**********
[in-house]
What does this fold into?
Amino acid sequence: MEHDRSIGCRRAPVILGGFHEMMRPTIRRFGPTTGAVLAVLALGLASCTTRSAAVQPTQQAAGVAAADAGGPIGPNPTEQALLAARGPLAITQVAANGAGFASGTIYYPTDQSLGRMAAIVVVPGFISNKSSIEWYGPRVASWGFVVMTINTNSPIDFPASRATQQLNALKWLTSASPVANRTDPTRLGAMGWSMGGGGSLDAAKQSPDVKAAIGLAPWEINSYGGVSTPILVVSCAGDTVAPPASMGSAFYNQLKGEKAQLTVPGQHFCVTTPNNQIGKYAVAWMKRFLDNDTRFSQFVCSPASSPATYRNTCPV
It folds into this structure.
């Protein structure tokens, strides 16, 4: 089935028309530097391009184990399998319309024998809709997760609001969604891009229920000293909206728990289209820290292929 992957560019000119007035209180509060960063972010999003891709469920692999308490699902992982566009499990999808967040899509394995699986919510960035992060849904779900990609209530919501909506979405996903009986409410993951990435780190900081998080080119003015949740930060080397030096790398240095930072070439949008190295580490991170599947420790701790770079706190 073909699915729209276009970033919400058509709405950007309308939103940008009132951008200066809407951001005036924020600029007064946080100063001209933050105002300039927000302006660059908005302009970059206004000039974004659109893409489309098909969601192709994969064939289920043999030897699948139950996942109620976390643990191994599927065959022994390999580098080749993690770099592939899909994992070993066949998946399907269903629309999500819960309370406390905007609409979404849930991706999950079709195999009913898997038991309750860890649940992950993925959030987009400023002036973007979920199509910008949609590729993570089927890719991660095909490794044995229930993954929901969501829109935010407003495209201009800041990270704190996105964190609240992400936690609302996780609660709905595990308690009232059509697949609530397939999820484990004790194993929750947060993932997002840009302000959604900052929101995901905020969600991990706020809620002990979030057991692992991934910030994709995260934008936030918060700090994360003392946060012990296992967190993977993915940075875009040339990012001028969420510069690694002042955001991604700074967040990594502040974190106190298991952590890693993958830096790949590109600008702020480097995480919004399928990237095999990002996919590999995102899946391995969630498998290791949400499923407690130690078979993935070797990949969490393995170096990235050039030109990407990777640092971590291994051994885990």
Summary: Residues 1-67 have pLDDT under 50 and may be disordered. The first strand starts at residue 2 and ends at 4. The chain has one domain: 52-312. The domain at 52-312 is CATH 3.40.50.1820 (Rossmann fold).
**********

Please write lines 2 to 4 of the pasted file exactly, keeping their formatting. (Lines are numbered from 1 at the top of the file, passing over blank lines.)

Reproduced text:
What does this fold into?
Amino acid sequence: MEHDRSIGCRRAPVILGGFHEMMRPTIRRFGPTTGAVLAVLALGLASCTTRSAAVQPTQQAAGVAAADAGGPIGPNPTEQALLAARGPLAITQVAANGAGFASGTIYYPTDQSLGRMAAIVVVPGFISNKSSIEWYGPRVASWGFVVMTINTNSPIDFPASRATQQLNALKWLTSASPVANRTDPTRLGAMGWSMGGGGSLDAAKQSPDVKAAIGLAPWEINSYGGVSTPILVVSCAGDTVAPPASMGSAFYNQLKGEKAQLTVPGQHFCVTTPNNQIGKYAVAWMKRFLDNDTRFSQFVCSPASSPATYRNTCPV
It folds into this structure.